Push it Real Good: SOLIDWORKS Animations to SOLIDWORKS Visualize
Inside of SOLIDWORKS, there are some stellar tools to get you started down the road of photorealistic animations and the ability to push those animations over to SOLIDWORKS Visualize Professional.
For those new to Visualize, SOLIDWORKS Visualize Professional takes the photorealistic rendering of Standard and enhances it in many forms. The one critical to pushing animations from SOLIDWORKS CAD to Visualize is the mere ability to create animations for your models, cameras, appearances, and more.
SOLIDWORKS Visualize Professional includes lots of tools to help boost quality and your productivity including:
Render Queue: Set your renders in a queue instead of when you select render and start it at a convenient time (e.g. when you’re leaving for the day).
Lighting: Set precision and accurate IRAY traced lighting throughout your environment
Physics Engine, Panoramics, and much more.
The Visualize toolbar inside of SOLIDWORKS looks like the image below once turned on.
Here is a breakdown of what each button does:
- – Exports your model to Visualize, importing in the model with Appearance mode, which merges appearances together to group parts
- – No animations can come along
- – No ability to monitor a file for changes
- – Will export your model to Visualize, importing in the model with Automatic mode, which leaves parts in an organized structure
- – Any single animation can be brought along and chosen from a selection box
- – The file will be monitored for any saves done to Model Update
- – A way to push updates to Visualize
- – Save a full copy of the model that can have additional animations included
But what content can I push from SOLIDWORKS over to Visualize and why do it here?
There are a handful of ways you can create content in SOLIDWORKS with a few of them having a slight crossover. However, the beauty of using SOLIDWORKS to create these animations and push them is that many times you are already doing some of these steps and just need one final button click to finish it up.
The most common ways to create or extract this content inside of SOLIDWORKS is through Mate Controller, Animation Wizard, Animation, Basic Motion, and Motion Studies.
Mate Controller is a great way to show the range of motion and limits of a certain assembly by controlling the value of the mates and animating the various positions it tends to go through.
By clicking the Motion Study tab at the bottom of your screen you can get to the Animation Wizard which you’ve probably seen but haven’t used.
With this great tool, you can import previously created content such as your Explodes, Collapses, Mate Controller, or results from other studies. Once imported, you will have a timeline of all the movement that is occurring for each part and you are ready to export to SOLIDWORKS Visualize.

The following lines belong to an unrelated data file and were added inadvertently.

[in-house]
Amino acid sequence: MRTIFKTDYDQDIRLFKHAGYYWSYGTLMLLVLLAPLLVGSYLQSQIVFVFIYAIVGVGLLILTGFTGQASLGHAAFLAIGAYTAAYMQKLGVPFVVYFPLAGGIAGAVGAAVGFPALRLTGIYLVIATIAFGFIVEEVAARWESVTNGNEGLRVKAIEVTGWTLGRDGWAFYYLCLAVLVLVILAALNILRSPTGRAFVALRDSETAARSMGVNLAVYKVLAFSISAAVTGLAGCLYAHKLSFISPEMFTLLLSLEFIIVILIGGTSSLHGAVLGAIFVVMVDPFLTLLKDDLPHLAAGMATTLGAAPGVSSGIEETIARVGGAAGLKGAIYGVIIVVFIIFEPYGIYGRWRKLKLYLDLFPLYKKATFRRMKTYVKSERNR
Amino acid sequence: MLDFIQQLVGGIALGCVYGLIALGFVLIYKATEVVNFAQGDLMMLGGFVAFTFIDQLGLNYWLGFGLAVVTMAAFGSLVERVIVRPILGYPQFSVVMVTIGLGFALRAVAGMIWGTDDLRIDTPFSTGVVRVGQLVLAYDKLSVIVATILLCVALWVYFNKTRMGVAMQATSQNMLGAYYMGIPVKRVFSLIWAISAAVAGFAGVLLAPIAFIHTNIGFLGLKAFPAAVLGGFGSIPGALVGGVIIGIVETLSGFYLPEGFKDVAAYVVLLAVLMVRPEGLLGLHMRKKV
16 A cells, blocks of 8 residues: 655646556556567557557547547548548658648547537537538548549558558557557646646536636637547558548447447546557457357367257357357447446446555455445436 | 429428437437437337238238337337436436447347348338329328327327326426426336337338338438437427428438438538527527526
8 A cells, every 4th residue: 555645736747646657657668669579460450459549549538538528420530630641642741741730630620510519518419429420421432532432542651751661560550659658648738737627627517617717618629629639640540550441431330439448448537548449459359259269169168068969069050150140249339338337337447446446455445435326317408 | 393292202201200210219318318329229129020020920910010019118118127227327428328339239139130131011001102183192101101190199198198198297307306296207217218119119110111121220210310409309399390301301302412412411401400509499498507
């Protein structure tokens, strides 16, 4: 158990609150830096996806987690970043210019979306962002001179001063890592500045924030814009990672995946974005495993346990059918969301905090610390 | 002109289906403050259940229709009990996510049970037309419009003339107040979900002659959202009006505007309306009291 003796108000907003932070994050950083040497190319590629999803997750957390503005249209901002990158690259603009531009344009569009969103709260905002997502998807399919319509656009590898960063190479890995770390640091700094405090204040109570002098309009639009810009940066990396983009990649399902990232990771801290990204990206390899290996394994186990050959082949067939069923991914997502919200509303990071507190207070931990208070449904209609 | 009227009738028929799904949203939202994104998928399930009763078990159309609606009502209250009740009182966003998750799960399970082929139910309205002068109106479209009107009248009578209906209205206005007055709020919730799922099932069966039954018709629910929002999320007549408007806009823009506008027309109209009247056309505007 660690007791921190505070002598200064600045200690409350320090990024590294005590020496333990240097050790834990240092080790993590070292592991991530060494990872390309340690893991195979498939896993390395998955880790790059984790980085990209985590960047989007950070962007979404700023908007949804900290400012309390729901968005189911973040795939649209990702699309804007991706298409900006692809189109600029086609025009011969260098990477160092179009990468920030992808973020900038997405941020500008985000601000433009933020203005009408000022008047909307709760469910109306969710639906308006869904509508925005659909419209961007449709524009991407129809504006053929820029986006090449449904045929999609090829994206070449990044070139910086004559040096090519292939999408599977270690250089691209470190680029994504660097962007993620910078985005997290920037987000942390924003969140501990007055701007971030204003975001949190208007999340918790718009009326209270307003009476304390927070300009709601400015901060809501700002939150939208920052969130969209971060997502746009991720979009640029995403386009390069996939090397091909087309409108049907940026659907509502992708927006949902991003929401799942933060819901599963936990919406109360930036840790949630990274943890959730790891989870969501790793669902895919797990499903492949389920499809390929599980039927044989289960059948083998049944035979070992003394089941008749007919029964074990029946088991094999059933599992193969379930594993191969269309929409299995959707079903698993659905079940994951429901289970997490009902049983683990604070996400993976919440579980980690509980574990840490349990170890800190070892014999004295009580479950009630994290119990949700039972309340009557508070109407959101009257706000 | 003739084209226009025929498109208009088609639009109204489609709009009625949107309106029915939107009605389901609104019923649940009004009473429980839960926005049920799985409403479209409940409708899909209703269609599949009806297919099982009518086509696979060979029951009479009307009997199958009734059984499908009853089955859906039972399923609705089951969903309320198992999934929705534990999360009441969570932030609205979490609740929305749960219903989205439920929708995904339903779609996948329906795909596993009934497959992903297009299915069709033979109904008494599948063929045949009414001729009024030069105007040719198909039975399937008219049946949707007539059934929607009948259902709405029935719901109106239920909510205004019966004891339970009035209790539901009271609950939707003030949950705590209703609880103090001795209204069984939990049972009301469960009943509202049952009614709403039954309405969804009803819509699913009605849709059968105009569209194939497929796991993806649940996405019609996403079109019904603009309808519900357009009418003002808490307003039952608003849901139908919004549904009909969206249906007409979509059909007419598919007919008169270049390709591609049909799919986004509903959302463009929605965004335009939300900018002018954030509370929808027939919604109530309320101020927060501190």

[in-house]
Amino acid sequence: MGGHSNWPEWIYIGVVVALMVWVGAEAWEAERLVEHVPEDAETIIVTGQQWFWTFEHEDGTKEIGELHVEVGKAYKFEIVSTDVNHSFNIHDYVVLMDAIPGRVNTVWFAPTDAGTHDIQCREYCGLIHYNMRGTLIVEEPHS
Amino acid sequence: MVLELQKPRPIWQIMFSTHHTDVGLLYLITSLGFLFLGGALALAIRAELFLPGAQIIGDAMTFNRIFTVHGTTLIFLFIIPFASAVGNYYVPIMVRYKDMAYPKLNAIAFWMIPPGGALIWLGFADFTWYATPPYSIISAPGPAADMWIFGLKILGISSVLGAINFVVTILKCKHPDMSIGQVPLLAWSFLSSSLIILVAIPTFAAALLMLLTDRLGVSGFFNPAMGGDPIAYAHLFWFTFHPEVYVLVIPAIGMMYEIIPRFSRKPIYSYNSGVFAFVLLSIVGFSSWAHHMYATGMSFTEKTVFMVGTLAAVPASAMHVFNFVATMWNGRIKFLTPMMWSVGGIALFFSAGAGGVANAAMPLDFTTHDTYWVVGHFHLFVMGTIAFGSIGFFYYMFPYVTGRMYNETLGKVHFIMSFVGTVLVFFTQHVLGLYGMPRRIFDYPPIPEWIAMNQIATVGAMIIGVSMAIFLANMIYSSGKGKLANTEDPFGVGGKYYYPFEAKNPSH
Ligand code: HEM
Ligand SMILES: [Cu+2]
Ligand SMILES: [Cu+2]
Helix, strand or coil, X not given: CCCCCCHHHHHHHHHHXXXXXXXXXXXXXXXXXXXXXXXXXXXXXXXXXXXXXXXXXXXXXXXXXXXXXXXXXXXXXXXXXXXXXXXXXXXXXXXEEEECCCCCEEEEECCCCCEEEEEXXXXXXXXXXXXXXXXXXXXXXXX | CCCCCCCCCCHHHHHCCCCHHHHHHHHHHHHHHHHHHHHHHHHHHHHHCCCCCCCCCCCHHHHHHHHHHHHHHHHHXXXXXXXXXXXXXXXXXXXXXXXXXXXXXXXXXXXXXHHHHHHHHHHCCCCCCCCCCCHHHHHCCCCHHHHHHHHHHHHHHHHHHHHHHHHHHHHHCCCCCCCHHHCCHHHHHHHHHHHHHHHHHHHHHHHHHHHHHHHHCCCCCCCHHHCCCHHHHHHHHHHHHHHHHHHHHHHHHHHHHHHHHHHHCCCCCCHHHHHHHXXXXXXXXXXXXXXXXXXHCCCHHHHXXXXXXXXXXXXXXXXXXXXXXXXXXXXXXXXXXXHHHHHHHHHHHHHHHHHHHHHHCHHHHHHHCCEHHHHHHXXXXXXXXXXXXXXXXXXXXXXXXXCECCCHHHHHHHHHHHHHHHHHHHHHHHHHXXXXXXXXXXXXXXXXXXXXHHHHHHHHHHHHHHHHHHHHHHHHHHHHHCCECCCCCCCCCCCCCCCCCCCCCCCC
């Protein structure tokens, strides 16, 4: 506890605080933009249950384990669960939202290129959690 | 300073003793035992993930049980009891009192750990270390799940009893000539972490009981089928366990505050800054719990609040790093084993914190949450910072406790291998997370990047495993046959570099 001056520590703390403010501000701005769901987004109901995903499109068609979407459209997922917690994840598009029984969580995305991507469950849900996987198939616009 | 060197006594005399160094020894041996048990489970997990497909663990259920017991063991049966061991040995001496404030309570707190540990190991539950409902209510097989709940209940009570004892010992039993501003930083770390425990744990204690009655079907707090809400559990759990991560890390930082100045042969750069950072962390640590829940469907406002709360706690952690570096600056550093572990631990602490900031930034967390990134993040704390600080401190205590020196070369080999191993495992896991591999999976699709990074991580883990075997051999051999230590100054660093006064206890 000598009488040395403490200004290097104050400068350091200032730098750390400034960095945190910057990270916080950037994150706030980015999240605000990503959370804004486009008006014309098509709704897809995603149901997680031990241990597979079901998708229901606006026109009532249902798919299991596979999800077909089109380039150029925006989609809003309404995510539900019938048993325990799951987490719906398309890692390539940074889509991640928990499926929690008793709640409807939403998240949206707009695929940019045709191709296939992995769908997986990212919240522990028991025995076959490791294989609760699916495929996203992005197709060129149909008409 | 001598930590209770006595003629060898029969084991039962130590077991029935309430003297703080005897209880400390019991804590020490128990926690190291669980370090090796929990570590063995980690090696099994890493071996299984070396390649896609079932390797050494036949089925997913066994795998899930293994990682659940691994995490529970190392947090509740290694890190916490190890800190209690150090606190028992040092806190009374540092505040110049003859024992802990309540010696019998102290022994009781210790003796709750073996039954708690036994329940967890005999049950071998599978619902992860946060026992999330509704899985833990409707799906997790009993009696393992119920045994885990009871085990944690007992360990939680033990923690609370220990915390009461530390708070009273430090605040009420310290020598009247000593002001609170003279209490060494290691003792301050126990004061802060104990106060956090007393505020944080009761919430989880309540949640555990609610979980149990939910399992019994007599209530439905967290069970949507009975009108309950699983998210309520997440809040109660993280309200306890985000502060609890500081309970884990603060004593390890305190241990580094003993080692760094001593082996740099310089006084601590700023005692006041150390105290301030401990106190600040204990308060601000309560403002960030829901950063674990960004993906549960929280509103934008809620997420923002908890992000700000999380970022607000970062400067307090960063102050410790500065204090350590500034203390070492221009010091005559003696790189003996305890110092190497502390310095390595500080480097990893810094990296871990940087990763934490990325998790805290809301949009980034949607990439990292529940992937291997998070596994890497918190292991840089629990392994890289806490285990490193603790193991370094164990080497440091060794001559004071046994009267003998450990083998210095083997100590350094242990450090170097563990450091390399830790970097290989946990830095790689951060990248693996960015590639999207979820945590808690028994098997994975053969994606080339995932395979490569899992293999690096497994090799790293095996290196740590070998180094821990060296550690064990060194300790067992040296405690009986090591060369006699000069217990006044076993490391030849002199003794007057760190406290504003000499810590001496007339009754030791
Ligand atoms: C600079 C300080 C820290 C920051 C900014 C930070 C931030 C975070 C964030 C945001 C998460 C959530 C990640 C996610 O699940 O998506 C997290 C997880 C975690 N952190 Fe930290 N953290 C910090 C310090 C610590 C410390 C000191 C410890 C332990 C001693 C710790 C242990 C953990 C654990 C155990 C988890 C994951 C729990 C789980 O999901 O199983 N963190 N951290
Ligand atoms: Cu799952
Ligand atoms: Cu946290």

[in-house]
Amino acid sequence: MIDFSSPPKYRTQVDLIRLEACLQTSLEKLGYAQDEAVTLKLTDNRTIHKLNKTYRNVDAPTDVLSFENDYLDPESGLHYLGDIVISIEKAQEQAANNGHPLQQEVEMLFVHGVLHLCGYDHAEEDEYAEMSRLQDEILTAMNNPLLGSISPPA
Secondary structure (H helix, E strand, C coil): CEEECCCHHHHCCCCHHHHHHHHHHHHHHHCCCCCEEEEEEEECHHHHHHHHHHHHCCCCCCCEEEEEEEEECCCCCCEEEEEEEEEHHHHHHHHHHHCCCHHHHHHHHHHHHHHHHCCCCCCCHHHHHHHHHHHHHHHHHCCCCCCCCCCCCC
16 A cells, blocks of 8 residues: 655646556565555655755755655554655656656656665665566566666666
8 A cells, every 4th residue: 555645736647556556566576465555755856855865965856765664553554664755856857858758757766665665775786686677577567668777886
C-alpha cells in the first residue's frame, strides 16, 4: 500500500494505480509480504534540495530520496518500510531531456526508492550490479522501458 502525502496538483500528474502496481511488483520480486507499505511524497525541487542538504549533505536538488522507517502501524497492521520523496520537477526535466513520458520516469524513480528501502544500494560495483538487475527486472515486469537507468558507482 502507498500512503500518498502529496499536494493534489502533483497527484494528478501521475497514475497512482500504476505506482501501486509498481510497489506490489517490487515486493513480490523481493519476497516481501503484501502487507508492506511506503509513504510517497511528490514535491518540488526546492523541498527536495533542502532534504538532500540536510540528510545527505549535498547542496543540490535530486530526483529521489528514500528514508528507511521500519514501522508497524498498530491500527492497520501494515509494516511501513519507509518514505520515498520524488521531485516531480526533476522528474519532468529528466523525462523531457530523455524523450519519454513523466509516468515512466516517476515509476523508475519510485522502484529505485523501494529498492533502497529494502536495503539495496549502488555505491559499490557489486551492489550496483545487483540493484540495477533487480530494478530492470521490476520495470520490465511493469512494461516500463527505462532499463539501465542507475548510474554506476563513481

In the same location, I can create my Animation by clicking parts and setting the locations with the use of Keyframes inside of the Motion Manager. The position of these parts is set by freedoms still allowed by your SOLIDWORKS mates or motion drivers. A limitation inside of Animations is that it does not account for any Physics such as gravity or parts interacting.
The use of Basic Motion and Motion Studies are very similar but with some key differences. Both are used for dynamic systems where there is movement and interaction between models and I can include higher-end physics like gravity in Basic Motion as well as Force and Dampers in Motion Studies.
Below is a quick highlight between these three.
Once these items are created, we can use Advanced Export or Save Advanced to kick the animations over to SOLIDWORKS Visualize Professional to start adding additional setup and truly build the breathtaking and realistic views we want with our lighting, backgrounds, or HDR’s.
A few tips
- – Auto space in explodes animate in reverse order, so try to stay away
- – In context, features do not push (they can be made but do not push to Visualize)
- – No Mesh deformation is allowed (springs compressing and metal bending – you would need to have each metal piece as an individual part)
I hope you found this look into SOLIDWORKS Visualize Professional helpful. If you have any questions contact us!
About the Author
David Janicki is an Application Engineer based out of our office in Grand Rapids, MI. He is a proud graduate of Western Michigan University, where he received his Bachelors in Engineering Management. Prior to joining Fisher Unitech in November 2015, David worked in various industries from Automotive and Sheet Metal to Electronic RFID’s. A large portion of his background is in the Continuous Improvement industry and still continues to be his passion, helping customers use the software more effectively both on a user and company level.